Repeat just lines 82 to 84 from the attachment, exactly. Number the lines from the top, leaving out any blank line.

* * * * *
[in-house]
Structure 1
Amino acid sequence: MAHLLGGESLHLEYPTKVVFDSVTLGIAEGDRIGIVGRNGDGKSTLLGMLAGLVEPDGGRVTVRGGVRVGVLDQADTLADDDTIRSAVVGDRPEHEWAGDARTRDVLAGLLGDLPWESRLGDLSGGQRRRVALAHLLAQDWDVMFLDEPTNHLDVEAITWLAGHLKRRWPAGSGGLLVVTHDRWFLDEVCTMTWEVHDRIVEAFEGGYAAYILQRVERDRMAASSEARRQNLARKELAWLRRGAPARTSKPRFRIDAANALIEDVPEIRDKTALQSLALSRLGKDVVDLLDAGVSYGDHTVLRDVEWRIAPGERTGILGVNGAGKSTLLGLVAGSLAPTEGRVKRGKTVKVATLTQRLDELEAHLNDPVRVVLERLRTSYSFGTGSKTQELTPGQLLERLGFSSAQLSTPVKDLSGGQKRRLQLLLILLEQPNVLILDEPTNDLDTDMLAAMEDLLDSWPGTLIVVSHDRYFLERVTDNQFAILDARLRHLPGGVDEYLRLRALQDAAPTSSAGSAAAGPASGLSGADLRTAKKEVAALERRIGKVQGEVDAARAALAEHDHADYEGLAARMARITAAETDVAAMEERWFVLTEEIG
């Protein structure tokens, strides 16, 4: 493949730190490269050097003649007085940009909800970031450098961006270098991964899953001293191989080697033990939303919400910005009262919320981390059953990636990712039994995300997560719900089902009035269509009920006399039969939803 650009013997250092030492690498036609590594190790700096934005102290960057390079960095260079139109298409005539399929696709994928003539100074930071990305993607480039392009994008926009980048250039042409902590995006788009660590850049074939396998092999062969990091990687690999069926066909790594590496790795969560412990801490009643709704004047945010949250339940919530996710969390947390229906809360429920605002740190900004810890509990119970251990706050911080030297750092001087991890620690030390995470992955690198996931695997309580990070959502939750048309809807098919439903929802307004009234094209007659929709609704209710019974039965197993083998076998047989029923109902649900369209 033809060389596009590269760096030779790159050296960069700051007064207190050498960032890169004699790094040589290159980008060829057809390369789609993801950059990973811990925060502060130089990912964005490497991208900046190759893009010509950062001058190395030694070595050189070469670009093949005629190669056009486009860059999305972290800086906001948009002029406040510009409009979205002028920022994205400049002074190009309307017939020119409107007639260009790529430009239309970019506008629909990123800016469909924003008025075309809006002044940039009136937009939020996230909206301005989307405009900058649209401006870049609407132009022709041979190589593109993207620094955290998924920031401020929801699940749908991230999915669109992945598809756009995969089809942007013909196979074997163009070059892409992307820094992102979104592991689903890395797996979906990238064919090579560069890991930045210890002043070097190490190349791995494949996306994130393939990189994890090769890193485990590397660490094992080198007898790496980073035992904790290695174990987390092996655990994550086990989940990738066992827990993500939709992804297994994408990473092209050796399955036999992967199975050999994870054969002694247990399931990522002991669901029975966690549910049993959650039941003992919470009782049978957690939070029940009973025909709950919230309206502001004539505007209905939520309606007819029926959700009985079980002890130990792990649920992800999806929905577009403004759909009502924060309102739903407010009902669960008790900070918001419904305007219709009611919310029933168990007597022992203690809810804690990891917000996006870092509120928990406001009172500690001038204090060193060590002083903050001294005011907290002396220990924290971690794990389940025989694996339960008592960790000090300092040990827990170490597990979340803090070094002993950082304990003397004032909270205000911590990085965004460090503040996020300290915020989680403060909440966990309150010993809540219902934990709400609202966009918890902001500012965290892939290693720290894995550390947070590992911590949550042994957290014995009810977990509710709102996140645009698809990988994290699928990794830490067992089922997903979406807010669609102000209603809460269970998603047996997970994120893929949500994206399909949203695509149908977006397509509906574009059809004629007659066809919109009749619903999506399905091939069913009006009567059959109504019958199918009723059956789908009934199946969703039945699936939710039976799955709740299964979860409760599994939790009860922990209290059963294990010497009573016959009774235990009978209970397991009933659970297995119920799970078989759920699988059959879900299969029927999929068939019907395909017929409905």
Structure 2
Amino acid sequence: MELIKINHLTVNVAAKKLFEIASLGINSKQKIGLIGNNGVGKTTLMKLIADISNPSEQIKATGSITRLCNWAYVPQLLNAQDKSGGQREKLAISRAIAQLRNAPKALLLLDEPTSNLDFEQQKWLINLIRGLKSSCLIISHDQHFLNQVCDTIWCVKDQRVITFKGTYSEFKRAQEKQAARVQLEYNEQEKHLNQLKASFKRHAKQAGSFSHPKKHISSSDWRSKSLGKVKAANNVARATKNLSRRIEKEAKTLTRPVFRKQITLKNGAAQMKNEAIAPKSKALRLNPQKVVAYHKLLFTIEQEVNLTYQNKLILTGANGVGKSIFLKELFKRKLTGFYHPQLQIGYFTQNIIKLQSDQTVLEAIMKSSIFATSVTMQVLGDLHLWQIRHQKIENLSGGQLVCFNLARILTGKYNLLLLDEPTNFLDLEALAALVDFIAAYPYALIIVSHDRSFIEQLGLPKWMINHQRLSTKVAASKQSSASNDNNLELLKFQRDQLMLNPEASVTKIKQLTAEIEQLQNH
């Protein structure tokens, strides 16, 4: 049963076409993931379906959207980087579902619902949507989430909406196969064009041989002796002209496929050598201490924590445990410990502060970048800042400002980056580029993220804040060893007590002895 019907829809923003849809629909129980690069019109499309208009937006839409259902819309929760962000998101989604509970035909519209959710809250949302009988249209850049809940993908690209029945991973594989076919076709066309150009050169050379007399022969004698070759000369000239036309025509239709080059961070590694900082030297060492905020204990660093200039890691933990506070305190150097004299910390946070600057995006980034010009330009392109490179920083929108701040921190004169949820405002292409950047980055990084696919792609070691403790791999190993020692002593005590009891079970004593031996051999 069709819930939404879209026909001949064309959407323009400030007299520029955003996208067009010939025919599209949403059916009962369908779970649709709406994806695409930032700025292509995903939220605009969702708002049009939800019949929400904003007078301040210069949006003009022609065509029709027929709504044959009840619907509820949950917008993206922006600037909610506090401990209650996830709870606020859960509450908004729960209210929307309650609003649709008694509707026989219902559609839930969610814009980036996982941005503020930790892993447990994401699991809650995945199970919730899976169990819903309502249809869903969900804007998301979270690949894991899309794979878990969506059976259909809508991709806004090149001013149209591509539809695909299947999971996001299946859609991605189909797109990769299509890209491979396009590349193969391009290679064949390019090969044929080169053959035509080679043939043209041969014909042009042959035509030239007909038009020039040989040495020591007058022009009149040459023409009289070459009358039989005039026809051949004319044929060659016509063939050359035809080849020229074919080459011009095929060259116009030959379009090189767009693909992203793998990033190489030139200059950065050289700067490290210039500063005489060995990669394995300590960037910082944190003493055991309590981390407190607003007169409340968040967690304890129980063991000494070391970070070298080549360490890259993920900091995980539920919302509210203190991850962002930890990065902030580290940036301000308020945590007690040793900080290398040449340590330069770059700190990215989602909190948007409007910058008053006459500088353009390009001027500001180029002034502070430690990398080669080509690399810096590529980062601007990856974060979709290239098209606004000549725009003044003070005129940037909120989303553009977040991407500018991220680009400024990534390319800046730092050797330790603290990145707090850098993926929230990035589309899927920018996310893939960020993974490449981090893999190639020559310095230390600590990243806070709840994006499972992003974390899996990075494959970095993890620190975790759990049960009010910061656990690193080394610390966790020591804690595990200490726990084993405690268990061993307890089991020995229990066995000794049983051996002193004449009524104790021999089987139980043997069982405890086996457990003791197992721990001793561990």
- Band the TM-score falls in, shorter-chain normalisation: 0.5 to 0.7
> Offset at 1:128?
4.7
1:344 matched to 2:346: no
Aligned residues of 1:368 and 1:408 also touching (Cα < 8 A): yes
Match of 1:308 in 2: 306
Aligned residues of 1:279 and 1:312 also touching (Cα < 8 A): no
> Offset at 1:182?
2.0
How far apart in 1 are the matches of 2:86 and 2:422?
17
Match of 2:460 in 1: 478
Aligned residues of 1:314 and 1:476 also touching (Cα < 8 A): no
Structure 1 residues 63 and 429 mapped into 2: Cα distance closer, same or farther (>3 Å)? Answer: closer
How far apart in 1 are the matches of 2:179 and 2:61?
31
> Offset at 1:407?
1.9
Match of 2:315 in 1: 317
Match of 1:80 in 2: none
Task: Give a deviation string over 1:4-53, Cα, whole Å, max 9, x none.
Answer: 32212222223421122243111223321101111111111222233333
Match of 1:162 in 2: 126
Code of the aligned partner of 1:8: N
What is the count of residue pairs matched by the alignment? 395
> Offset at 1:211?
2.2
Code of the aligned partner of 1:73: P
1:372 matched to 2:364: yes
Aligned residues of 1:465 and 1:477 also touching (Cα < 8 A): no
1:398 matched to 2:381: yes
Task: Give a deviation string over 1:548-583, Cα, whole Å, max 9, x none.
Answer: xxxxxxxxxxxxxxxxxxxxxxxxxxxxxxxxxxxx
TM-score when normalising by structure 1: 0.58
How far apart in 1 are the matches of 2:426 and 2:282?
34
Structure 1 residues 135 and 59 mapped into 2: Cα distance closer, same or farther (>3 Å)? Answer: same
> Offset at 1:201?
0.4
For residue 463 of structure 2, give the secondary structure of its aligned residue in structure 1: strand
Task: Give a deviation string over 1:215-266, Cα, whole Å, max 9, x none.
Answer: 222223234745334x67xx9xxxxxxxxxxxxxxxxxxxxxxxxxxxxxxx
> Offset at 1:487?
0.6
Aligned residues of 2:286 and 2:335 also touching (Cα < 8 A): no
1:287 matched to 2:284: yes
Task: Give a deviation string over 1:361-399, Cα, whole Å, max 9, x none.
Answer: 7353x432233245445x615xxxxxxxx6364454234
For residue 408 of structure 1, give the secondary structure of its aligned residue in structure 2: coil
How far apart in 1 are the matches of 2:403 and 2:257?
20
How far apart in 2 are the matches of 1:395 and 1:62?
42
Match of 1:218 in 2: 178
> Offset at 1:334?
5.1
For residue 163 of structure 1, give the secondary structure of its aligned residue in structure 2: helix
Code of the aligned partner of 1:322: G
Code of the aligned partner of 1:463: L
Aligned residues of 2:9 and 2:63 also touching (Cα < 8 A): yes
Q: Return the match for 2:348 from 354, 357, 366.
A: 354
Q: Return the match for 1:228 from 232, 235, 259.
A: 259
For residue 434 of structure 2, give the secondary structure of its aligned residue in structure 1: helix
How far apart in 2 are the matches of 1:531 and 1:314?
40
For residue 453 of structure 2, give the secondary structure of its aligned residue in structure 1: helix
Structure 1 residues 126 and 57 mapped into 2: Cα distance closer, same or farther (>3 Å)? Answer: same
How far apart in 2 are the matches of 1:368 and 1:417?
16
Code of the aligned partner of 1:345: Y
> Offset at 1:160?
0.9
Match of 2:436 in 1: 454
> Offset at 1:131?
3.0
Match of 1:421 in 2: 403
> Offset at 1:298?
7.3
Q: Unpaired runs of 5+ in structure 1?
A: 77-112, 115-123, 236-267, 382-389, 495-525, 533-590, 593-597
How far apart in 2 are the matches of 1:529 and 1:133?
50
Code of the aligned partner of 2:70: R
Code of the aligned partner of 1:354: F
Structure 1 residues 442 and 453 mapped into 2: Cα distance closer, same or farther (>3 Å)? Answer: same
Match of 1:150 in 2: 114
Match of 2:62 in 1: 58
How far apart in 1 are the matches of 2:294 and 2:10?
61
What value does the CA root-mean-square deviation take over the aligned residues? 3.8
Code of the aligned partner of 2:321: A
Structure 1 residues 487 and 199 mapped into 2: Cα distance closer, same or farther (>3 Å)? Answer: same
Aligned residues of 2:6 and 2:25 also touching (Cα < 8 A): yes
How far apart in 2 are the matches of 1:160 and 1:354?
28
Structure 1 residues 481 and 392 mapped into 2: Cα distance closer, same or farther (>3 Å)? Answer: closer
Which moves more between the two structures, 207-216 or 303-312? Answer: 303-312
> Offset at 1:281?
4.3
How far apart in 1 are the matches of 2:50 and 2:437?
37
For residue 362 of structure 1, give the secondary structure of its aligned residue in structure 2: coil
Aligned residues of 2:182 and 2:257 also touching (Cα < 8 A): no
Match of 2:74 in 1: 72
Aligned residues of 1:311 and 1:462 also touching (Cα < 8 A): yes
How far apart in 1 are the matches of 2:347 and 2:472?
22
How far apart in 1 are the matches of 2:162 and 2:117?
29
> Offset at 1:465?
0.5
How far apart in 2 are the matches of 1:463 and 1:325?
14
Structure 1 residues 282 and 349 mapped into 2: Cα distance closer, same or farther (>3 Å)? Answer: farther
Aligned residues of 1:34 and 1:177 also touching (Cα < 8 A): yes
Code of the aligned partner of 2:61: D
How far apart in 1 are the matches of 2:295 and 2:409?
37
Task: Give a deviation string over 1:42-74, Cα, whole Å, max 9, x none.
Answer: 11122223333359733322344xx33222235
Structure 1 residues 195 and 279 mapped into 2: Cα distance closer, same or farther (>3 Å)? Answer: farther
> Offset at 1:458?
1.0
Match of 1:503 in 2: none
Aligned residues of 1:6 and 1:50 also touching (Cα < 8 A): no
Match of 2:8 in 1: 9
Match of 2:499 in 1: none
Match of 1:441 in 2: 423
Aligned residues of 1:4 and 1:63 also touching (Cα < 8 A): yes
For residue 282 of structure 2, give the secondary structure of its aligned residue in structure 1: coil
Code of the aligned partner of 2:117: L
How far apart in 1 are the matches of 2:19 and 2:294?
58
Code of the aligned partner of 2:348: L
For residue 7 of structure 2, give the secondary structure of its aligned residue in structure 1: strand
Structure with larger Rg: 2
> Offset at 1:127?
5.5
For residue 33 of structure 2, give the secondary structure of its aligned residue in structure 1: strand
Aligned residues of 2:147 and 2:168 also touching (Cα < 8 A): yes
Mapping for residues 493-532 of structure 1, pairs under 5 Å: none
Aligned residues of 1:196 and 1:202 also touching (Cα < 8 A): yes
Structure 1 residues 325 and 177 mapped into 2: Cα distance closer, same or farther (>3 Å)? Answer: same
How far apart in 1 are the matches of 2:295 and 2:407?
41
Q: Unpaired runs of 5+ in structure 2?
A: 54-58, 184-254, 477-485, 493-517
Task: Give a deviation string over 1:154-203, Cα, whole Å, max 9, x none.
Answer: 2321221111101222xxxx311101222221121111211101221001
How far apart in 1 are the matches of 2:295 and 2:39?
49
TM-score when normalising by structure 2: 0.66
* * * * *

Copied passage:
Match of 2:436 in 1: 454
> Offset at 1:131?
3.0